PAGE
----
Am I missing out on a really good thing/would this relationship have had a happy future?
Literally no one knows the answer to this and stewing about it is a great way to make yourself miserable. It is possible, I guess, that this person you broke up with was going to be your soulmate. But it’s also possible that you’re engaging in some very black and white thinking — this person was going to be The One and your life with them would have been Happy, but now you’ve ruined it and so your life cannot be Happy. That isn’t how it works! That’s never how it works. We make a thousand choices every day, and no one choice determines your entire future. Furthermore, we make each choice with the very best information we have. The information you had at the time told you this was the best thing to do, and that’s all any of us can say for ourselves. It’s possible, probable even, that this relationship might not have been a total trainwreck. If you had stayed in it, or if you get back together, maybe you would end up being together very long-term, or married. That still doesn’t necessarily mean it was the right thing to do, though, or that it would have been the best thing to have ever happened to you. It’s dangerous to assume that the longest relationship is also that happiest or healthiest one. There are lots of ways to be happy; this breakup doesn’t mean that every other avenue isn’t still open for you.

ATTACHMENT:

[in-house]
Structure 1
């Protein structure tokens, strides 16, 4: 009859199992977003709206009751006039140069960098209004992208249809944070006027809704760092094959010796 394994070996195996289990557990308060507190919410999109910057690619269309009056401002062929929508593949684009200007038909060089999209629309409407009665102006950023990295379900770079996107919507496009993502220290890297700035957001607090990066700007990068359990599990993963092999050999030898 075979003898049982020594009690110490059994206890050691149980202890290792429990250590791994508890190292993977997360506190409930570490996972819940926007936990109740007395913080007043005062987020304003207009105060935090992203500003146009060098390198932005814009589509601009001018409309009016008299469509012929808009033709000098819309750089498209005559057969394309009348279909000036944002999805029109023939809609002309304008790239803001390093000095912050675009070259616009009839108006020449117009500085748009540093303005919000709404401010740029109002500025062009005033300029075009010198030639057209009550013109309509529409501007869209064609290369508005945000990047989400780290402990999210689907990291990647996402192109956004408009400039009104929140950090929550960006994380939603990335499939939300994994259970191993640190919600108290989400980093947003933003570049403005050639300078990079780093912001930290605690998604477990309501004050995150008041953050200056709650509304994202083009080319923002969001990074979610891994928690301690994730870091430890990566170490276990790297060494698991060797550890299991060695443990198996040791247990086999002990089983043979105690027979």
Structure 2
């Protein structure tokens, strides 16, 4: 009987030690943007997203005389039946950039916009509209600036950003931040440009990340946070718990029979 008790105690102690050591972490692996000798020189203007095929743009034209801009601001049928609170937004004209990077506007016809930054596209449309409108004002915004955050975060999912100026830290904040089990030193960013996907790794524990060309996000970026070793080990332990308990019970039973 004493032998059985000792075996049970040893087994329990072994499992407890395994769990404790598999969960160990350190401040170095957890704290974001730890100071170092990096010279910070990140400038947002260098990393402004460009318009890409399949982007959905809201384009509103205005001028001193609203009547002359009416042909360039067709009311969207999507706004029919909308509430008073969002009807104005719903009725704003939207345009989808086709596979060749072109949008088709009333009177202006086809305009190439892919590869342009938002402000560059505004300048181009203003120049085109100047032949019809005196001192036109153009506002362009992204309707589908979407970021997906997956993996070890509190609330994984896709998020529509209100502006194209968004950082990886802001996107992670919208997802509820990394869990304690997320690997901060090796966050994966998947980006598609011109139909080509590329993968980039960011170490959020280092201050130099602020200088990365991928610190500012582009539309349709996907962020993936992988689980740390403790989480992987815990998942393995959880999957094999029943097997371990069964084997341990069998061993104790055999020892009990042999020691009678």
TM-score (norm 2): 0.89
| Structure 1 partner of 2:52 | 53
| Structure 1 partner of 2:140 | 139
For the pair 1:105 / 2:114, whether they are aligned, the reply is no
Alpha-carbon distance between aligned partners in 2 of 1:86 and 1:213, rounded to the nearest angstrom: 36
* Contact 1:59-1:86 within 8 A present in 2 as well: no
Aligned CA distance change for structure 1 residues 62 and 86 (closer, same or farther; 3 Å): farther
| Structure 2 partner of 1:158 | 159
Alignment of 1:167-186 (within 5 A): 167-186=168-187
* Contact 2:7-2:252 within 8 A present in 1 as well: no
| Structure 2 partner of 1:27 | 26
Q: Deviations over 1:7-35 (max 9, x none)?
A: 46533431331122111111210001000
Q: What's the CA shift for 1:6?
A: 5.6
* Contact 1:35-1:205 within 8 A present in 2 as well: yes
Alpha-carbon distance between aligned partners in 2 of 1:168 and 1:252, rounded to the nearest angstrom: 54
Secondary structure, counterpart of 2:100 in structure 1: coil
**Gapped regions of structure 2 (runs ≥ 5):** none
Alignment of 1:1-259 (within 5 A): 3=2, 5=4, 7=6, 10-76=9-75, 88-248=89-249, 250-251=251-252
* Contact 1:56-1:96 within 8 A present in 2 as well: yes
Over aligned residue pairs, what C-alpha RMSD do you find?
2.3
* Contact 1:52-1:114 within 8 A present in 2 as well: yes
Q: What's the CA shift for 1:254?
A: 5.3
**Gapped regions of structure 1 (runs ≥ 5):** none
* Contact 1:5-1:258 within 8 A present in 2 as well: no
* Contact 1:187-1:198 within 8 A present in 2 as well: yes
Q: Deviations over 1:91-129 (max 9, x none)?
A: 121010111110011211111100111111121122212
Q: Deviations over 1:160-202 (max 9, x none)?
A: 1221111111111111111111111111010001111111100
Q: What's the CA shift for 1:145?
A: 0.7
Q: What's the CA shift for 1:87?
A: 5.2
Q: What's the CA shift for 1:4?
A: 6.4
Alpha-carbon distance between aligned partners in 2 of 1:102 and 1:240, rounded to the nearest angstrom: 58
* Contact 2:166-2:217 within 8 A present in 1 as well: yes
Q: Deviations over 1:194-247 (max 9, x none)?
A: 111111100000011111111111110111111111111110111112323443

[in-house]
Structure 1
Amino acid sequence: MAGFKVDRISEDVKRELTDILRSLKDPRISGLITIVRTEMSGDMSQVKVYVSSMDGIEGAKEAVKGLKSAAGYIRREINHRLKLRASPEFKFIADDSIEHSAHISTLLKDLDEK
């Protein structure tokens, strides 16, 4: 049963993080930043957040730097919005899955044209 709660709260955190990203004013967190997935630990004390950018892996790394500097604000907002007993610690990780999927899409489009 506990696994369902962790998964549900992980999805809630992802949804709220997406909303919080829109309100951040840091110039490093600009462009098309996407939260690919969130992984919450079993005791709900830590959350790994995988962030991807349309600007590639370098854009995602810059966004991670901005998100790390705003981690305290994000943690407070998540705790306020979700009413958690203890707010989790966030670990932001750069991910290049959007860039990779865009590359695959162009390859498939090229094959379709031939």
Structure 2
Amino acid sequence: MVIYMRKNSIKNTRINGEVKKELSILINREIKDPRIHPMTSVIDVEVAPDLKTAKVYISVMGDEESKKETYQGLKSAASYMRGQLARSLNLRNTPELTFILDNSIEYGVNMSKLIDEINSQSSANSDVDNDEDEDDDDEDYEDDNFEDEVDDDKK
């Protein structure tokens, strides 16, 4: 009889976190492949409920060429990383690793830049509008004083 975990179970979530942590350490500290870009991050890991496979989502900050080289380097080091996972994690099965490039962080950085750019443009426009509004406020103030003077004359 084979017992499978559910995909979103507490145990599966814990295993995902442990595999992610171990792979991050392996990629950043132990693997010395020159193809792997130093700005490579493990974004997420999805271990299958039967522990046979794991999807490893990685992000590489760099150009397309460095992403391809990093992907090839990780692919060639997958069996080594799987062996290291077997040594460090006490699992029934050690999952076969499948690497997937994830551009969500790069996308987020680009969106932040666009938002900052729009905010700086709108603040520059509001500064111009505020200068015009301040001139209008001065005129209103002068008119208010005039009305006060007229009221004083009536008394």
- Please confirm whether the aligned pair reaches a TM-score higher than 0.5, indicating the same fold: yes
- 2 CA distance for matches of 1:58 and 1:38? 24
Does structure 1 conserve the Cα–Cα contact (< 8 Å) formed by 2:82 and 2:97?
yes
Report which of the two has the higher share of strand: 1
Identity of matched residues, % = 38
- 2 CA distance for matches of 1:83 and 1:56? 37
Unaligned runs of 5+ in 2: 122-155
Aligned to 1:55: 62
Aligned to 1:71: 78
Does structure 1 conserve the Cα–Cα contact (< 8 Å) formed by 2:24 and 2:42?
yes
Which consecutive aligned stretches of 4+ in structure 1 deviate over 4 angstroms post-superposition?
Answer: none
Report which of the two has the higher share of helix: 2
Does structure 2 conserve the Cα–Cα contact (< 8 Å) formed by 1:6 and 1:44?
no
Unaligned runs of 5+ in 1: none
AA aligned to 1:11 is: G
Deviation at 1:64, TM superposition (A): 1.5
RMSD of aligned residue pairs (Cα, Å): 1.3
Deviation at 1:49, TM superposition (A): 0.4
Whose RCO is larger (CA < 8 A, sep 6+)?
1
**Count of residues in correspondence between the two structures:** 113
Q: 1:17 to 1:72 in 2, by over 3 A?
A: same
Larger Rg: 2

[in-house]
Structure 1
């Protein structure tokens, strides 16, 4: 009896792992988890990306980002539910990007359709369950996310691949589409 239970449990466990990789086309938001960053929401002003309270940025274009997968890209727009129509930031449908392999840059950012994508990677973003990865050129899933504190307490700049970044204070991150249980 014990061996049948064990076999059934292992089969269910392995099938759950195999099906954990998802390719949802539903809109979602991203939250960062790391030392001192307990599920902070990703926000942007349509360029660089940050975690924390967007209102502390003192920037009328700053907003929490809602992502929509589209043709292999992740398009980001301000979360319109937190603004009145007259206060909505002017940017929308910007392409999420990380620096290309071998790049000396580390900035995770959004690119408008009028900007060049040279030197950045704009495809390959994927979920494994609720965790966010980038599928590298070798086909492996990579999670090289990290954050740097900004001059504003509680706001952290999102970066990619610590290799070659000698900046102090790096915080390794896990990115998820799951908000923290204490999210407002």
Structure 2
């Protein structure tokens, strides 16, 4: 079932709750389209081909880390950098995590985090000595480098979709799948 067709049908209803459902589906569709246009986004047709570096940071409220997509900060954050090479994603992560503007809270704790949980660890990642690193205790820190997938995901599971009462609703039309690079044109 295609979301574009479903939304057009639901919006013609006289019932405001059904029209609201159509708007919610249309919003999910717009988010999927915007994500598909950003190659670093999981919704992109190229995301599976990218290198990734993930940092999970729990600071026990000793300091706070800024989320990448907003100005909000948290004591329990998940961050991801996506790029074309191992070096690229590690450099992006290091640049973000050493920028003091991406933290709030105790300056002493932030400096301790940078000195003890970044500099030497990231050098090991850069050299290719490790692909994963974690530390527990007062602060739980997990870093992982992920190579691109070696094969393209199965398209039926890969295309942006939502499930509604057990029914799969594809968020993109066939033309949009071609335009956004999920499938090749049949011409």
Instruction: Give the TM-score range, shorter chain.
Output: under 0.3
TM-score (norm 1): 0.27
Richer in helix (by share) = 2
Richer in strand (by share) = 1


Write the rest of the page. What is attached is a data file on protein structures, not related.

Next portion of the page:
[Thing] used to be a real problem, but one/both of us have since worked on [thing] in a substantive way.
This might be the case if your breakup had a specific cause that was internal to the relationship — one of you was going through something personal, you were having specific communication issues, one of you was turned into a demon gargoyle made out of stone on top of a New York skyscraper haunted by a Babylonian apocalypse deity, etc. If this really is the case, and one or both of you have truly turned the car around on the issue, that’s great! It’s probably the best reason to reconsider a breakup. If your relationship was solid besides this one issue, and it’s been resolved, then go at it, you crazy kids. A word of warning: sometimes, even if the problem itself is over, the aftermath it caused in your relationship is too much to get over, and that’s just how it is and it’s no one’s fault. Also, sometimes our desire to believe that problems we’ve had in our relationships are solved is so great that we’re willing to be overly optimistic. It’s worthwhile to hold this to a high standard of scrutiny: a text from one person to the other saying “babe, I’ll never do it again, I promise” is not quite enough.